Policing Sexuality cover

Policing Sexuality: The Mann Act and the Making of the FBI, (Cambridge, MA: Harvard University Press, 2014).


America’s first anti-sex trafficking law, the 1910 Mann Act, made it illegal to transport women over state lines for prostitution “or any other immoral purpose.” It was meant to protect women and girls from being seduced or sold into sexual slavery. But, as Jessica Pliley illustrates, its enforcement resulted more often in the policing of women’s sexual behavior, reflecting conservative attitudes toward women’s roles at home and their movements in public. (read more...)

I am very excited to announce the publication of my book through Harvard University Press. In it, I address the unintended consequences of the US government’s enforcement of its first national anti-sex trafficking law — the White Slave Traffic Act, commonly known as the Mann Act — in the early 20th century. In addition to being available for purchase at the Harvard UP website, you can also find it available for pre-order at Amazon.com.

Bio

Jessica R. Pliley is an assistant professor of women’s and gender history at Texas State University in San Marcos and she holds a Ph.D. from the Ohio State University. Her book, Policing Sexuality: The Mann Act and the Making of the FBI, will be published by Harvard University Press in the fall of 2014. It joins a body of work that asserts that sex trafficking has long been an issue for activists of various traditions, yet it encourages us to consider not only how reformers have organized to eradicate sex trafficking, but also how the policies they championed were ultimately implemented. The young FBI’s enforcement of the White Slave Traffic Act (the Mann Act) led to the growth of the FBI into a national law enforcement agency that policed sexuality in ways that upheld traditional ideals of the patriarchal family.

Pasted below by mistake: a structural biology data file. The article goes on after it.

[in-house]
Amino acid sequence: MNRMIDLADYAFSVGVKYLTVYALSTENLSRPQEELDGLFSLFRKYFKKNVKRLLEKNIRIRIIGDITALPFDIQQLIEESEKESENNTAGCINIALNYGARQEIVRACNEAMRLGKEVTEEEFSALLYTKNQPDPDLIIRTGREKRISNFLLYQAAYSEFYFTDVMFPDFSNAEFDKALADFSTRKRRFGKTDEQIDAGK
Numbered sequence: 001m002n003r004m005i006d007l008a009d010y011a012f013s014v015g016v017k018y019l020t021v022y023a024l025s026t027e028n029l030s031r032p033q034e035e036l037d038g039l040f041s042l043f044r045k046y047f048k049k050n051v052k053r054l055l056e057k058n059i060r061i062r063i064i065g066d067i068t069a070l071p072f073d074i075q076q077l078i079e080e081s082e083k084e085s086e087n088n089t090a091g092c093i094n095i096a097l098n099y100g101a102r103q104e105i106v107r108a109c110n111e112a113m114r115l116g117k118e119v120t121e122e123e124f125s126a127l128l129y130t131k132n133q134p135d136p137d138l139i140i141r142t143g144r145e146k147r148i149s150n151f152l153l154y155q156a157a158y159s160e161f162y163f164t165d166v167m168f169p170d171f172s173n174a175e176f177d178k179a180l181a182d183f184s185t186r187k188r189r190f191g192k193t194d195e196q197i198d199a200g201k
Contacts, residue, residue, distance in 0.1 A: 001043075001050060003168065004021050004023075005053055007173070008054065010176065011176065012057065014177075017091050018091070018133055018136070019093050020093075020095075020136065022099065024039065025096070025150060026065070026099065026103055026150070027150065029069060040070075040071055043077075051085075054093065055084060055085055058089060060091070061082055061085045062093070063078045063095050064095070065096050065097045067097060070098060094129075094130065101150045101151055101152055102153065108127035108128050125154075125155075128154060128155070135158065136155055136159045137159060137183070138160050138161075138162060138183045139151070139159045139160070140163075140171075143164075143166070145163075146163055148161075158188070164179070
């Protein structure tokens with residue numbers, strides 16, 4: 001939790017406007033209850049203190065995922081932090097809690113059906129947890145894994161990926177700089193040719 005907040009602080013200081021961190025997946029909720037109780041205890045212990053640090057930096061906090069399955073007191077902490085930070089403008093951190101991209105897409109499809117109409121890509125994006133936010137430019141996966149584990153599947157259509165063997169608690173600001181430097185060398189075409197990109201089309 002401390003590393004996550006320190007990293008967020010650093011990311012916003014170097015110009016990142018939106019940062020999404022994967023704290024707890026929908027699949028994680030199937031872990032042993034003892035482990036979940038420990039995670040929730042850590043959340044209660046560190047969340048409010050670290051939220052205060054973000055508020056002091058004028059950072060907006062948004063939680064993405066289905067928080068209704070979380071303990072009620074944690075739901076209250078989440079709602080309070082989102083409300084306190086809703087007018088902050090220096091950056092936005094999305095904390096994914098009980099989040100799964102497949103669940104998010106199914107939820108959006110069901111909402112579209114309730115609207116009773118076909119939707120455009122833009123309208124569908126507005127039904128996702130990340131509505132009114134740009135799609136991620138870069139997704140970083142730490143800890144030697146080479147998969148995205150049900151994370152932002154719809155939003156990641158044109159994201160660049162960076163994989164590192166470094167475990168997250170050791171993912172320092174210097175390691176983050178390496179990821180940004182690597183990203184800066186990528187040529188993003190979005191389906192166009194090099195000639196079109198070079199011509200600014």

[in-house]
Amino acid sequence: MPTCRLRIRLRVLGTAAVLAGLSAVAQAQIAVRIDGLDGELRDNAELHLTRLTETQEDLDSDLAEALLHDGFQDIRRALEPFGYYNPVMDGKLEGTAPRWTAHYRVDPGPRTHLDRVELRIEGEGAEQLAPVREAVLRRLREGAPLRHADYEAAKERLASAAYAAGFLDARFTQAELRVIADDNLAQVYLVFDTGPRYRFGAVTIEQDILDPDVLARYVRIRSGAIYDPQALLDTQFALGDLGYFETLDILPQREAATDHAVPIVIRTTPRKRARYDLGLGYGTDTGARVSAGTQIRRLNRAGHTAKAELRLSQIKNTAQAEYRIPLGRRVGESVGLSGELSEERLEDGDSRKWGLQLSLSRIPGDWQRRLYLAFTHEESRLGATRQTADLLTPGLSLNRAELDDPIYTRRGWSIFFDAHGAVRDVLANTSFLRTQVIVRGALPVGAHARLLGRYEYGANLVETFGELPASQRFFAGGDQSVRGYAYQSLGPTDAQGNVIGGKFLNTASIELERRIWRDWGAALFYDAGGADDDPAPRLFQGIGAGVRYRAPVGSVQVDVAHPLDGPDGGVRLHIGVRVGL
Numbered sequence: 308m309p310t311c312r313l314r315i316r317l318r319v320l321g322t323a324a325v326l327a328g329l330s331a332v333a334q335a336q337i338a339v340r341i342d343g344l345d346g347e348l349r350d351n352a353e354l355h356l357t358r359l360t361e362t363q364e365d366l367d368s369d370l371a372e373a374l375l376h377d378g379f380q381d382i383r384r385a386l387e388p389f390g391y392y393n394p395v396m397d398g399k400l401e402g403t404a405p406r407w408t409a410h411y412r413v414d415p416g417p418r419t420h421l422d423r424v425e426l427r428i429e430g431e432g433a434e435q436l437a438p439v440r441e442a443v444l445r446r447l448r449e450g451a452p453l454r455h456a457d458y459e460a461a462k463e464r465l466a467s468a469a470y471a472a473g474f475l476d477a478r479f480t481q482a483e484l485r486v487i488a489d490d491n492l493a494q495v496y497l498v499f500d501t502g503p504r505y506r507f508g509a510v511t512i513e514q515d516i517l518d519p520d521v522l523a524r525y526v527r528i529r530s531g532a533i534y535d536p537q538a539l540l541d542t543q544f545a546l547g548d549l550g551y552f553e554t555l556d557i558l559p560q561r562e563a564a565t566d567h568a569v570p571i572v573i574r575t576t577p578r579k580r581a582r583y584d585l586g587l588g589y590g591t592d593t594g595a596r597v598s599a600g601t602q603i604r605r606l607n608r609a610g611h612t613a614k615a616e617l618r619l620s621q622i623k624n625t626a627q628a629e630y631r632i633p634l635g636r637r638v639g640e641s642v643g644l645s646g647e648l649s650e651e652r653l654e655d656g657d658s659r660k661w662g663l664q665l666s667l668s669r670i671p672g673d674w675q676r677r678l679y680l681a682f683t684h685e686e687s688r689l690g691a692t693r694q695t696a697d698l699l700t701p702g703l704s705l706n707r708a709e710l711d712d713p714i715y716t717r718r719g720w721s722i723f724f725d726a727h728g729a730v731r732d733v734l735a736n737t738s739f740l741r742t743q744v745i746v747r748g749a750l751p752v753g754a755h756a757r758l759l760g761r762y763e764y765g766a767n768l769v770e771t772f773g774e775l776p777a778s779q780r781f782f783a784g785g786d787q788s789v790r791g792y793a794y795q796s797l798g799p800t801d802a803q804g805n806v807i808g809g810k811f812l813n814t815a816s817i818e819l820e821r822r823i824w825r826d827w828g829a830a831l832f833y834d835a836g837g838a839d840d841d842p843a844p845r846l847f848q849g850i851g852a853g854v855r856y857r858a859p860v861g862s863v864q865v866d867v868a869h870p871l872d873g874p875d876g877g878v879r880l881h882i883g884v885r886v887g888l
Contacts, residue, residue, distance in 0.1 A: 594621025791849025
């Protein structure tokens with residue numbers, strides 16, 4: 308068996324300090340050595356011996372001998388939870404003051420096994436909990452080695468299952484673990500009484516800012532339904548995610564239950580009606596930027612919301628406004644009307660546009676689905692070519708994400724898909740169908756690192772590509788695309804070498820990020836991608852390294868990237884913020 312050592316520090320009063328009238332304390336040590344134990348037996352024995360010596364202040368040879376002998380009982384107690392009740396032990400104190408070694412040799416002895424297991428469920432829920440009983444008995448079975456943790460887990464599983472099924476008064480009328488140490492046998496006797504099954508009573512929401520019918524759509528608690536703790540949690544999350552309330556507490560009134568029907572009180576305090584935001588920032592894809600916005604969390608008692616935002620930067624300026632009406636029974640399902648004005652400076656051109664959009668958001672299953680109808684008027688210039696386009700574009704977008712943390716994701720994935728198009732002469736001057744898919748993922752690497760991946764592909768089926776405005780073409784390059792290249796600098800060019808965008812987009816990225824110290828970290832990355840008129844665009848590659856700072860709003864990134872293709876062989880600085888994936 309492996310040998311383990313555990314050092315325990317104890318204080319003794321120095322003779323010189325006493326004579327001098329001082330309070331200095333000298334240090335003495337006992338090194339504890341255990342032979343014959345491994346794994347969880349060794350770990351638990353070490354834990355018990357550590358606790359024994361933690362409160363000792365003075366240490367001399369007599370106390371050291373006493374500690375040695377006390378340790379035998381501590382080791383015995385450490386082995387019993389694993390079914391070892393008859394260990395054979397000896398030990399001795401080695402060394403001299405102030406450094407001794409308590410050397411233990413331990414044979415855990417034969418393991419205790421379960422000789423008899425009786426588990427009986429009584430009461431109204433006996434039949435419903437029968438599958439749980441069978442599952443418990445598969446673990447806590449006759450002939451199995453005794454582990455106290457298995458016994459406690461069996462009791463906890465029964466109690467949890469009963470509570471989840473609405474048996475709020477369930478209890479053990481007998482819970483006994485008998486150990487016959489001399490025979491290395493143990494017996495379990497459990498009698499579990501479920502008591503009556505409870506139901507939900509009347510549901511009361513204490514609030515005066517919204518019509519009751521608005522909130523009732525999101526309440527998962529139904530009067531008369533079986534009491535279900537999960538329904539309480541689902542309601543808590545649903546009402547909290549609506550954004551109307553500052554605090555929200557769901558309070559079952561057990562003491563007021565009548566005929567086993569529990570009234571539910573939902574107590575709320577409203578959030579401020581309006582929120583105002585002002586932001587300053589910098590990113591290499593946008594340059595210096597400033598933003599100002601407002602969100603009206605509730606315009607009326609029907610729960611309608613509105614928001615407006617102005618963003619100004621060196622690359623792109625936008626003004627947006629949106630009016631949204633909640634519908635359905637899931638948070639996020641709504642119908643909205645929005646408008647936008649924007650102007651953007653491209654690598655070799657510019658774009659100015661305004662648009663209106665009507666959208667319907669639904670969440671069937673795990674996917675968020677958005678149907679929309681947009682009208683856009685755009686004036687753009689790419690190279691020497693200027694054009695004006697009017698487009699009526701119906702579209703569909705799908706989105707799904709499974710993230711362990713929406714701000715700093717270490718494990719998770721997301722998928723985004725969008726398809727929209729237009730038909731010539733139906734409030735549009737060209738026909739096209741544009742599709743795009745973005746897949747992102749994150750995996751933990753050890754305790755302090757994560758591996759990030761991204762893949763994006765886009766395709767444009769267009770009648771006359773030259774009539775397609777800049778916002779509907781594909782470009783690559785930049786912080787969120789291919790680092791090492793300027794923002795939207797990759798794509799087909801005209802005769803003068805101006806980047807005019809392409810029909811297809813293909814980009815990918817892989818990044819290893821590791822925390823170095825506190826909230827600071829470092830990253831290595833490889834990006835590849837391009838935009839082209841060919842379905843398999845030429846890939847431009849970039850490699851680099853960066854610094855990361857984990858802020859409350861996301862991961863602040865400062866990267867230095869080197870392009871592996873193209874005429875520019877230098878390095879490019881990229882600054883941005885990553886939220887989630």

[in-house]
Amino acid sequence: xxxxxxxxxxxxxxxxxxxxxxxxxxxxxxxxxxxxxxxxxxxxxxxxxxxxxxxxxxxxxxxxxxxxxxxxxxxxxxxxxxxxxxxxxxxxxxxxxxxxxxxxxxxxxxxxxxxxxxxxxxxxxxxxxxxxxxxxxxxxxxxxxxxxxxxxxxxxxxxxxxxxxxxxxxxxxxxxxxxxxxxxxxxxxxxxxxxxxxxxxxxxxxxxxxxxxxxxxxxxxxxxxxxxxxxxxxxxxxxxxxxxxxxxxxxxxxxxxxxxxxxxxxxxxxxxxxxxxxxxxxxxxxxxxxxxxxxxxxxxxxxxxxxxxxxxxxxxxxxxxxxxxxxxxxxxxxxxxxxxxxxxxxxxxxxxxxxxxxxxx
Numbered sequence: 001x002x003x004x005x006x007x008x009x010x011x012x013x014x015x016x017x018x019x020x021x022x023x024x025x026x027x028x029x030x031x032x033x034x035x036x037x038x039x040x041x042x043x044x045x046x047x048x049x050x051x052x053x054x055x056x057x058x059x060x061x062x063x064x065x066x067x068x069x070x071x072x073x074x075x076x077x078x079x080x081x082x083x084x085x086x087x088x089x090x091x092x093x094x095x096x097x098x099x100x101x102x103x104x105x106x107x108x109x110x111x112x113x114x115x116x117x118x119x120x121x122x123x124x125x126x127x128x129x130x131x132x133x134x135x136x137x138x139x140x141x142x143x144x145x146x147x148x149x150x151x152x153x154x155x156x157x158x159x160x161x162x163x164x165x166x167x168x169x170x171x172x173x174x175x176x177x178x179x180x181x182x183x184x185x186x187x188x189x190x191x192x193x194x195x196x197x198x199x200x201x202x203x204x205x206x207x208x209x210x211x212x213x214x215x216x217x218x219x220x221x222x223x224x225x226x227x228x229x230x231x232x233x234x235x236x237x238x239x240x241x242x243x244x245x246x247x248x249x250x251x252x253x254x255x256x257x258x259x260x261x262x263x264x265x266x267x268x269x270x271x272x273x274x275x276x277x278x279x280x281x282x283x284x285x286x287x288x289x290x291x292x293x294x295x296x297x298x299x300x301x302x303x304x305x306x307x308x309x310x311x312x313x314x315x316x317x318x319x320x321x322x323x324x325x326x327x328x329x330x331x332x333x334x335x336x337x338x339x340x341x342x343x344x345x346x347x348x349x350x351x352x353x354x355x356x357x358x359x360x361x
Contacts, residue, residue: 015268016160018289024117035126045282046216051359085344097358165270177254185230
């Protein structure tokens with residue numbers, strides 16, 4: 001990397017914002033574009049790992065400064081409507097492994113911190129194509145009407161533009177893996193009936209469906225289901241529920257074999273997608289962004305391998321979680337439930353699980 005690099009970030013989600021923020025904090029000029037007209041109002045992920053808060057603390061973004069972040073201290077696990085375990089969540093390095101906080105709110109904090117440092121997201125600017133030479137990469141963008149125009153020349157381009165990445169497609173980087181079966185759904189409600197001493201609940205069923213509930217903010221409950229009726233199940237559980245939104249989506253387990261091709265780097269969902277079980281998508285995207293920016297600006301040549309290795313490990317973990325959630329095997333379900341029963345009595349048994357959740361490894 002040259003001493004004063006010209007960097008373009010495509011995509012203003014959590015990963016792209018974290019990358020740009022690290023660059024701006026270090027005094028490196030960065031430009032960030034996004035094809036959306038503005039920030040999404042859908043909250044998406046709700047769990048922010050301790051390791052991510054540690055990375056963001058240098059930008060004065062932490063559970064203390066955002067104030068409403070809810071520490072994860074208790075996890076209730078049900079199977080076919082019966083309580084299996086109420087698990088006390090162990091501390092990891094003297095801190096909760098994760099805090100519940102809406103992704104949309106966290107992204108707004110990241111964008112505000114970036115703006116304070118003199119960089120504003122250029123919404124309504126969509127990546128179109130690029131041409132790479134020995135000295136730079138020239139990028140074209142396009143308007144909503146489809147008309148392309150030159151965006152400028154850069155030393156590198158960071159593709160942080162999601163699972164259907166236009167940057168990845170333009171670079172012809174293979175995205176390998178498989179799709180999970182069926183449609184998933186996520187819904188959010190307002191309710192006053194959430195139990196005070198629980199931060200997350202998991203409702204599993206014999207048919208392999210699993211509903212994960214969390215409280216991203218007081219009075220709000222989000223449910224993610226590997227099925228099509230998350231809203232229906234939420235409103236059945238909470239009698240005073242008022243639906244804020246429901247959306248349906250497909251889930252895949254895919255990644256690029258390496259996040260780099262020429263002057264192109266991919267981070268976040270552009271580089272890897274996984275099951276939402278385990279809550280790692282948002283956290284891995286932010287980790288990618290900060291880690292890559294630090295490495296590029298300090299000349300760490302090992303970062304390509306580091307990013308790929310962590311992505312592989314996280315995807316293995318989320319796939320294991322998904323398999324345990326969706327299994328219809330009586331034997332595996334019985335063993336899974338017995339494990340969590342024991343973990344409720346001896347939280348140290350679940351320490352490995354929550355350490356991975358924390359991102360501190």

Additionally, she has authored an article exploring the feminist politics within the League of Nations Committee on the Trafficking of Women and Children in the Journal of Women’s History and has another article that examines how concerns about white slavery served to bolster some women’s rights advocates’ claims that women be included in the federal immigration service at the turn of the century published in the Journal of the Gilded Age and Progressive Era.

Contact

Assistant Professor
Department of History
Texas State University-San Marcos

Department of History
Texas State University-San Marcos
601 University Drive
San Marcos, TX 78666

jp74@txstate.edu